There’s been a lot of attention drawn to Adobe’s Flash platform in recent months and after years of being condemned by app and website developers around the world; it looks like it’s finally on its death bed. While many are quick to jump on the “about time” band wagon, it’s important to remember that Flash was once a very important tool for web developers and in many respects helped the internet to evolve into what it is today. Having said that, it is about time that Flash died; it presents a major security risk to many internet connected devices, with updates to the format being issued by Adobe becoming outdated on day zero of release. In this article we’re going to take a look at how and why Flash became such a prominent platform, how its downfall came about, and why we all need to move on.
From SmartSketch to Macromedia
Unbeknownst to many (honestly, not an admission of ignorance on our part), Flash began as a part of the SmartSketch application which was a drawing application developed by FutureWave Software for pen computers running an old OS called PenPoint OS. Following the downfall of PenPoint OS SmatSketch became available on Windows and Mac, and it’s here that Flash began to evolve into something more recognizable. FutureWave felt that Flash would be a contender to the increasingly popular platform that you might remember called Macromedia Shockwave. Apart from its wide ranging uses, you likely remember Macromedia due to its acquisition of FutureSplash back in November of 1996 which after some rebranding and repurposing resulted in the release of the editing software Macromedia Flash and the popular Macromedia Flash Player.
Not Just a Flash in the Pan
Macromedia soon began distributing Flash Player as a free plugin for the browsers of the time, and as of 2005 Flash Player was installed on more computers around the world than Windows Media Player, QuickTime, Java and even that other blast from the past; RealPlayer. Flash was capable of a wide range of tasks many of which we currently take for granted such as running games, playing videos and displaying previously complex web apps and website animations. It’s unsurprising that it became as popular as it did. In 2005 Adobe took note of this and acquired Macromedia and with it Dreamweaver, Shockwave and of course Flash Player. Adobe didn’t release their own version of Flash until 2007, giving it a push into the application and gaming development arena with better access to resources on computers making it a great way to make browser and mobile games. It might seem odd today, but when YouTube began it utilised Flash for video playback and didn’t adopt HTML5 as a standard until a few years later.
What Went Wrong with Flash?
Flash had a number of issues (a few of which we’ll get to shortly), but there’s a particular incident that can be attributed to the beginning of the end. You might already know who this harbinger of doom is, but if you’re not sure we’re referring to the late founder of Apple; Steve Jobs. Jobs very publically explained in April 2010 in an open letter that’s still live on the Apple website why Flash was dying, and why his stylish new Jony Ive designed rounded cornered rectangles (that’s iPhones, iPads and iPods in case you were wondering) would not be utilising the format. Jobs cited a number of issues with the format, such as it being a proprietary rather than open format, issues with security, problems with the format being battery intensive and not mobile friendly, not being well suited to touch screens due to its basing in PC architecture, but most importantly of all Jobs didn’t want to relinquish control over app development for iOS devices over to a company that wasn’t Apple. This spat between Apple and Adobe and the resulting break up lead to a number of memes and jokes from those who didn’t use Apple devices about how limited they were without support for Flash, something which many Android and BlackBerry devices of the time were capable of, but the writing was on the wall. As we all know smart phones and tablets came to dominate the technological landscape and we now live in a time where mobile web traffic has overtaken desktop traffic, and whether you attribute the growth of the smart phone to the early popularity of the BlackBerry, part of this paradigm shift is undeniably due to the exceptional number of people who purchased Apple’s iPhone. We can’t put the responsibility of the downfall of Flash solely at the feet of Steve Jobs, but he undoubtedly played a big role in dethroning Flash from the heady heights that it had previously achieved.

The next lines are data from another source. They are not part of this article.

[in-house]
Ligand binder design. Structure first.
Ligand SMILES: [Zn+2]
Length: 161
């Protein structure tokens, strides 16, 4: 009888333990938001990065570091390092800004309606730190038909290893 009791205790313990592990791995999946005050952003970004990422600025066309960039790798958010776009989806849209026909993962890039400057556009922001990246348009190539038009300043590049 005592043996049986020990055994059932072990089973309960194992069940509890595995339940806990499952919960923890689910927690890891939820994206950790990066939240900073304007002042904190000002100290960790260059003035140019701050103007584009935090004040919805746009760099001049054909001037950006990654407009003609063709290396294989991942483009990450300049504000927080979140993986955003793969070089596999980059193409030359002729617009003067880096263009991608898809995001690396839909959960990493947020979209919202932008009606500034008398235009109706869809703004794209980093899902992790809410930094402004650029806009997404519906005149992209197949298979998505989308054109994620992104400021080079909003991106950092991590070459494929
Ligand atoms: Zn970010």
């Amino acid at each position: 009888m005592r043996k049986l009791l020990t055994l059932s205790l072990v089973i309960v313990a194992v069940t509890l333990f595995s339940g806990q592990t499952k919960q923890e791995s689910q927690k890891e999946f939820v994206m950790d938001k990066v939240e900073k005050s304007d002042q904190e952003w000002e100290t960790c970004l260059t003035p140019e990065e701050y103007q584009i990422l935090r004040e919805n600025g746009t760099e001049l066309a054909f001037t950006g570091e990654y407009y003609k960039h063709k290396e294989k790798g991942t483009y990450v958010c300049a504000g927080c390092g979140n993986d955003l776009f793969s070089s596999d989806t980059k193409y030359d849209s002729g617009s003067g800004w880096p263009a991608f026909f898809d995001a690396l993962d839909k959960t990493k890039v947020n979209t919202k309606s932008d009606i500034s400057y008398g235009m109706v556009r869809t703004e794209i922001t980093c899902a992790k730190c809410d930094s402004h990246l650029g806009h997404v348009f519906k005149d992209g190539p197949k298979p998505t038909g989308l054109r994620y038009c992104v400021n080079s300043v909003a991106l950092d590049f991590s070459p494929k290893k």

Flash is Broken
It might seem like a very ‘buzz word’ thing to say, but Flash really is broken. The format did a lot of things right, and some of those things were done really well, but there were a lot of problems that potentially would have lead to Flash’s fall from grace even without the help of Steve Jobs.